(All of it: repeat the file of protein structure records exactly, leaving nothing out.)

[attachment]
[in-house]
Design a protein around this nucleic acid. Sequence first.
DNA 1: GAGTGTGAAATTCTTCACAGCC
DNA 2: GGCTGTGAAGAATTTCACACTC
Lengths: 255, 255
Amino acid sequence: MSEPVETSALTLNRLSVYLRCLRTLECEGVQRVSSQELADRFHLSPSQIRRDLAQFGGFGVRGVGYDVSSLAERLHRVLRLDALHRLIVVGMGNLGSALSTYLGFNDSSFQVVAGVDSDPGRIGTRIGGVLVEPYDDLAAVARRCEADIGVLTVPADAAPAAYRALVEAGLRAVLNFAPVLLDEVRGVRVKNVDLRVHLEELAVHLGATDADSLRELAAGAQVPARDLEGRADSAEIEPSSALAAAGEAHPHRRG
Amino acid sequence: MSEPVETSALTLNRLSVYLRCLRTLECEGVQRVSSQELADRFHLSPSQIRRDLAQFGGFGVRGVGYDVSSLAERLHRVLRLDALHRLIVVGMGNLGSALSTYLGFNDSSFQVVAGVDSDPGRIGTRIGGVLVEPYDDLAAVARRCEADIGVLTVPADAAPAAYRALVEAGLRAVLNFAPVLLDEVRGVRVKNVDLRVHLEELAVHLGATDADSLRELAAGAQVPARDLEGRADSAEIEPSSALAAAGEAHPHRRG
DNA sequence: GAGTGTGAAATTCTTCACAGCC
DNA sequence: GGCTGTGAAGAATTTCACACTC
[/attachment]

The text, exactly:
[in-house]
Design a protein around this nucleic acid. Sequence first.
DNA 1: GAGTGTGAAATTCTTCACAGCC
DNA 2: GGCTGTGAAGAATTTCACACTC
Lengths: 255, 255
Amino acid sequence: MSEPVETSALTLNRLSVYLRCLRTLECEGVQRVSSQELADRFHLSPSQIRRDLAQFGGFGVRGVGYDVSSLAERLHRVLRLDALHRLIVVGMGNLGSALSTYLGFNDSSFQVVAGVDSDPGRIGTRIGGVLVEPYDDLAAVARRCEADIGVLTVPADAAPAAYRALVEAGLRAVLNFAPVLLDEVRGVRVKNVDLRVHLEELAVHLGATDADSLRELAAGAQVPARDLEGRADSAEIEPSSALAAAGEAHPHRRG
Amino acid sequence: MSEPVETSALTLNRLSVYLRCLRTLECEGVQRVSSQELADRFHLSPSQIRRDLAQFGGFGVRGVGYDVSSLAERLHRVLRLDALHRLIVVGMGNLGSALSTYLGFNDSSFQVVAGVDSDPGRIGTRIGGVLVEPYDDLAAVARRCEADIGVLTVPADAAPAAYRALVEAGLRAVLNFAPVLLDEVRGVRVKNVDLRVHLEELAVHLGATDADSLRELAAGAQVPARDLEGRADSAEIEPSSALAAAGEAHPHRRG
DNA sequence: GAGTGTGAAATTCTTCACAGCC
DNA sequence: GGCTGTGAAGAATTTCACACTC